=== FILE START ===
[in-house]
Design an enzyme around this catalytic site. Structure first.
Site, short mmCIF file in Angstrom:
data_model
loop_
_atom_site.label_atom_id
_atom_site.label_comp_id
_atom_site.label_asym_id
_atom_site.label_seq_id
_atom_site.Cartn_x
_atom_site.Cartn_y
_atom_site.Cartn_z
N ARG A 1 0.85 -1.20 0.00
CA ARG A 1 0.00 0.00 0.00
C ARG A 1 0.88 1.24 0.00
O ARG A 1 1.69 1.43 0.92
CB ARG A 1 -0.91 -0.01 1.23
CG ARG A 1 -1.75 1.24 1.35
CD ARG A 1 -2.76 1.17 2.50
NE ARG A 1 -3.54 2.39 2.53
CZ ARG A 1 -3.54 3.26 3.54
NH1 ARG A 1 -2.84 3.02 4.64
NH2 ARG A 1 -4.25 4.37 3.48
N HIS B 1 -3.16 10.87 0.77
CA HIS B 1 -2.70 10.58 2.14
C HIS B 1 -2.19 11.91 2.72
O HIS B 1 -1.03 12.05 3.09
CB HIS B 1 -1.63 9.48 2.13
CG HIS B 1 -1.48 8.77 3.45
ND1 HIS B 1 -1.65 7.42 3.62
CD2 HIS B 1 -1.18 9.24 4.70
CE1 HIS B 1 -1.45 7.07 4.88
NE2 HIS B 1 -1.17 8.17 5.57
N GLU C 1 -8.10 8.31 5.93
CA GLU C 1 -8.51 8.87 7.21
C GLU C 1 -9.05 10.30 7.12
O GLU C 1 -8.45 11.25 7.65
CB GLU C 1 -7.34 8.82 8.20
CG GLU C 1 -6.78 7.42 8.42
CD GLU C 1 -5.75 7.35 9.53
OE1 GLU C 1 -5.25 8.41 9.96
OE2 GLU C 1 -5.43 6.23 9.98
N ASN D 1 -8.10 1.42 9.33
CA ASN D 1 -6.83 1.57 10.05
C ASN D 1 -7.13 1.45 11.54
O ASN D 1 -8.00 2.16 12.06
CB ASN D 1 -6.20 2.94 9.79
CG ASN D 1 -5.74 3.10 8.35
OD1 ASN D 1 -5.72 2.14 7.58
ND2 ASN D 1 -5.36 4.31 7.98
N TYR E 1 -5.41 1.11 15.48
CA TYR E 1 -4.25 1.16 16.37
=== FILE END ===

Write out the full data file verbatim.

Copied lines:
[in-house]
Design an enzyme around this catalytic site. Structure first.
Site, short mmCIF file in Angstrom:
data_model
loop_
_atom_site.label_atom_id
_atom_site.label_comp_id
_atom_site.label_asym_id
_atom_site.label_seq_id
_atom_site.Cartn_x
_atom_site.Cartn_y
_atom_site.Cartn_z
N ARG A 1 0.85 -1.20 0.00
CA ARG A 1 0.00 0.00 0.00
C ARG A 1 0.88 1.24 0.00
O ARG A 1 1.69 1.43 0.92
CB ARG A 1 -0.91 -0.01 1.23
CG ARG A 1 -1.75 1.24 1.35
CD ARG A 1 -2.76 1.17 2.50
NE ARG A 1 -3.54 2.39 2.53
CZ ARG A 1 -3.54 3.26 3.54
NH1 ARG A 1 -2.84 3.02 4.64
NH2 ARG A 1 -4.25 4.37 3.48
N HIS B 1 -3.16 10.87 0.77
CA HIS B 1 -2.70 10.58 2.14
C HIS B 1 -2.19 11.91 2.72
O HIS B 1 -1.03 12.05 3.09
CB HIS B 1 -1.63 9.48 2.13
CG HIS B 1 -1.48 8.77 3.45
ND1 HIS B 1 -1.65 7.42 3.62
CD2 HIS B 1 -1.18 9.24 4.70
CE1 HIS B 1 -1.45 7.07 4.88
NE2 HIS B 1 -1.17 8.17 5.57
N GLU C 1 -8.10 8.31 5.93
CA GLU C 1 -8.51 8.87 7.21
C GLU C 1 -9.05 10.30 7.12
O GLU C 1 -8.45 11.25 7.65
CB GLU C 1 -7.34 8.82 8.20
CG GLU C 1 -6.78 7.42 8.42
CD GLU C 1 -5.75 7.35 9.53
OE1 GLU C 1 -5.25 8.41 9.96
OE2 GLU C 1 -5.43 6.23 9.98
N ASN D 1 -8.10 1.42 9.33
CA ASN D 1 -6.83 1.57 10.05
C ASN D 1 -7.13 1.45 11.54
O ASN D 1 -8.00 2.16 12.06
CB ASN D 1 -6.20 2.94 9.79
CG ASN D 1 -5.74 3.10 8.35
OD1 ASN D 1 -5.72 2.14 7.58
ND2 ASN D 1 -5.36 4.31 7.98
N TYR E 1 -5.41 1.11 15.48
CA TYR E 1 -4.25 1.16 16.37